Processions also prepare the students for something special. Today we celebrated Advent with the purple cloth (purple is for preparation) and lit two candles in our Advent wreath. During Advent we present the children with scripture from the prophet Isaiah: 

         The people who walked in darkness have seen a great light.

Before reading the scripture we talk about Advent and that we are preparing for a special feast: Christmas! We talk about how hard it is to wait for something so special. We explain that the Bible tells us that God's chosen people also had to wait. God sent them people called prophets to help the people learn how to wait and to tell them what they were waiting for. 

After reading the scripture we talked about what it is like to be in the dark. This always elicits lots of stories from the children! We wondered what light the people of Israel were waiting for. Usually they know it is Jesus. They often remember the verse from the Bible where Jesus said, "I am the light of the world." 

We also talked about what it is like to listen for God's voice like the prophets did. We talked about how God will often talk to us when we are quiet. We remembered that listening requires us to stop talking, to sit still and to keep our ears open!

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What you can do at home: make an Advent wreath for the prayer table and light the candles each night. You could also put the Advent wreath on the dinner table and light the candles during your family meal. It takes a LONG time for Christmas to come for the young child. Watching the candles burn down help them understand the passage of time. Encourage your family to take 30 seconds (or 15, or 10!) to be silent and to listen. Ask what each family member heard during the silence. Make a game of silence and see if your child can increase his silent time by 5 seconds each day. Make sure you play this silence game only when your child is willing. Don't use it when your children are loud and running around, you will all be frustrated and the magic will be lost. Most of all, take time to slow down this Advent season and spend time with your loved ones listening to music, reading books and just being together.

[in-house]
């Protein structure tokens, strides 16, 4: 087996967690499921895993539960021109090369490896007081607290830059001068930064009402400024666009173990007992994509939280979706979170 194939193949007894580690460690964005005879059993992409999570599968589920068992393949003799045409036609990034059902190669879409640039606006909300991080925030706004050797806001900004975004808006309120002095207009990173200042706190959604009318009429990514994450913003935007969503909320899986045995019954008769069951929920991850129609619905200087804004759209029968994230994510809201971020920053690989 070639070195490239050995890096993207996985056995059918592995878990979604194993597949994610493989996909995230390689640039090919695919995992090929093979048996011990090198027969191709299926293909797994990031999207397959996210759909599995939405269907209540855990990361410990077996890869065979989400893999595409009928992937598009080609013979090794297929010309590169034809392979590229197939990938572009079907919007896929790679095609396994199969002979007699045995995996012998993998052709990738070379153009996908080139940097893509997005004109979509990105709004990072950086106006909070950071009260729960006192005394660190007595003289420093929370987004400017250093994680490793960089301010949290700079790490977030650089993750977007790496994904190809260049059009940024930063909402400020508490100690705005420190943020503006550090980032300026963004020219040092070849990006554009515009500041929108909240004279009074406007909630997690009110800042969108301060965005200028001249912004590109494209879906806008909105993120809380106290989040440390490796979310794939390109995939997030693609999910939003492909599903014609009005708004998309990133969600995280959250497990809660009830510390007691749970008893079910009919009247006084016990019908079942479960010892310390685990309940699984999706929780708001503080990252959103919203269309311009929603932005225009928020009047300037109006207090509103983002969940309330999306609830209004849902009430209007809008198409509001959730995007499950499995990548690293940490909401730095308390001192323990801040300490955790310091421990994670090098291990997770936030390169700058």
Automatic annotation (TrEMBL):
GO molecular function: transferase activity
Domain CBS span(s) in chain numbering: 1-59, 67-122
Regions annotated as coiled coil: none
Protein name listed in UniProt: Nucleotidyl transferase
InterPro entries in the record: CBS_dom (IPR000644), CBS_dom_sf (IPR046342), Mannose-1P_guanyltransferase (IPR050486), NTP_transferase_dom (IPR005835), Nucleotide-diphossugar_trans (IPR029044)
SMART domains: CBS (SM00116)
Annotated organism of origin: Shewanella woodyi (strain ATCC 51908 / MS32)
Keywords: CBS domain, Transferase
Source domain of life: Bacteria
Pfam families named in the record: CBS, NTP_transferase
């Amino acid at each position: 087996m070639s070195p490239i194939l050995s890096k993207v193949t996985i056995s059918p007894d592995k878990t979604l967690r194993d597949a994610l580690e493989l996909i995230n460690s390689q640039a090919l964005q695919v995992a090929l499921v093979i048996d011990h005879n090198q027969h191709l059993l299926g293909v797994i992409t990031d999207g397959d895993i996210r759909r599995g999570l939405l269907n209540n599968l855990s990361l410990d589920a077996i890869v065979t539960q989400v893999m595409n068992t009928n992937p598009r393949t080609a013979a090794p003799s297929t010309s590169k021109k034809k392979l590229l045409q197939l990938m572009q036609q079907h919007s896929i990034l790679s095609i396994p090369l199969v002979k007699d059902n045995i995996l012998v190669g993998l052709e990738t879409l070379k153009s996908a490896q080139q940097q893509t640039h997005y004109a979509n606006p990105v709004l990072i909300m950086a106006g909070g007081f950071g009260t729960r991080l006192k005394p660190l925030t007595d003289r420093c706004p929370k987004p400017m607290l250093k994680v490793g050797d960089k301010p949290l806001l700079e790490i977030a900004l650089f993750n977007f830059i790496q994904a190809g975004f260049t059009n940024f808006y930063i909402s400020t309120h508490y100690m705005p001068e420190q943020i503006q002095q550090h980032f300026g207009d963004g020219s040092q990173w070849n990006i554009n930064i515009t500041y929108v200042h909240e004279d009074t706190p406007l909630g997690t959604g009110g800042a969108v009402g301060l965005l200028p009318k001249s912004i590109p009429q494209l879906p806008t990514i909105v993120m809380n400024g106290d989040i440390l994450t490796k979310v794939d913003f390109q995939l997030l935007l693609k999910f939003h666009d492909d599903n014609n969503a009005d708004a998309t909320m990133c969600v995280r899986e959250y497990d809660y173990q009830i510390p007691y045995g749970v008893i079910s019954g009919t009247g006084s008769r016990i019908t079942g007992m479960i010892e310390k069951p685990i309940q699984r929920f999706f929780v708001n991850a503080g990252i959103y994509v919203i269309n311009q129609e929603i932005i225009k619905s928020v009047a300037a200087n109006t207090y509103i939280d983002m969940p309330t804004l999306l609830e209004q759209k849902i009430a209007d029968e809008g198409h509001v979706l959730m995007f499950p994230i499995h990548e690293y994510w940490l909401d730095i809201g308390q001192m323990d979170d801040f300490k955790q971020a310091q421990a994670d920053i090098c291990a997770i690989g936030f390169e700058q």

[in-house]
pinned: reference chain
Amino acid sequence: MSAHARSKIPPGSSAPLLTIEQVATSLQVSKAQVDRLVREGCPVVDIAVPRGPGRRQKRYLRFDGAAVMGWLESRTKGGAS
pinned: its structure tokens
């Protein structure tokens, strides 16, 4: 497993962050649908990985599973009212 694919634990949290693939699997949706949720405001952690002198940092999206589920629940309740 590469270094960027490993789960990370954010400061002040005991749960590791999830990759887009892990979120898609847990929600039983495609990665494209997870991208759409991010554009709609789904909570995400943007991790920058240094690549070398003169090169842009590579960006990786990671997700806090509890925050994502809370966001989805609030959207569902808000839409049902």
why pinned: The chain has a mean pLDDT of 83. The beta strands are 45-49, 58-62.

Sunday, November 15, 2015

The Colors of the Church Year

It was wonderful to be back with the children in the atrium after having a week off. I am so grateful to have wonderful assistants who are willing to take the lead when I have to be away.

This week our group lesson was the Liturgical Colors. Click here to read a post from a few years ago about this lesson. In addition to the specific lesson about the colors of the Church year, we always add the current liturgical color to our prayer table. I think this is actually the best way for the children to learn why we use these colors. They enjoy setting up the prayer table so much. Certainly any learning activity that also brings joy will always be one that is best remembered.

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What you can do: If you have a prayer space at home, incorporate the colors of the season and talk about them with your child. When attending Mass, ask your child to notice the color of Fr. Leo's chasuble and Deacon Manny's Stole. Talk about how the natural year goes 'round and round' through the seasons and so does the Church year!

Sunday, November 1, 2015

Silence


We had a smaller group in the atrium this morning. They were all working with purpose as they trickled in. Due to the fact that our atrium session is in between the masses, we run things a little different than is typical. Since the children come as far as 20 minutes apart from the first to the last, instead of coming in and sitting at the carpet right away, we have the children find some work to do when they arrive. Sometimes we have a group time after everyone arrives, sometimes not until the end of the day.

Today we gathered at the beginning of the morning to learn about a little girl I know who is very sick. I only told the children she is sick and can't always go to school and that we were going to make some cards for her to cheer her up. They happily went to work. In reality she has been suffering from cancer for over a year and her prognosis is grim. She used to go to the school where I work and her brother still does. They are also members at St. Mary's. Keep the Lynch family in your prayers.

At the end of the day we gathered together again to talk about silence. I asked the children what it means to be silent. They talked about being quiet with our mouths, our hands, our feet and our whole bodies. I asked if there were places we need to be silent. They came up with quite a list: the library, church, near a sleeping baby. We then practiced making silence for 10 seconds. This is not so easy for some of our friends! We also talked about listening and how it is difficult to listen when we are talking and being noisy. I asked the children to listen while they were silent and then some of them shared the things they heard: people talking, cars driving and even a heart beat!

We will continue practicing silence and will try to work on being silent for longer and longer times as the weeks progress. This lesson will directly tie in to another lesson I give during Advent when we discuss the prophet Isaiah. Stay tuned for that one!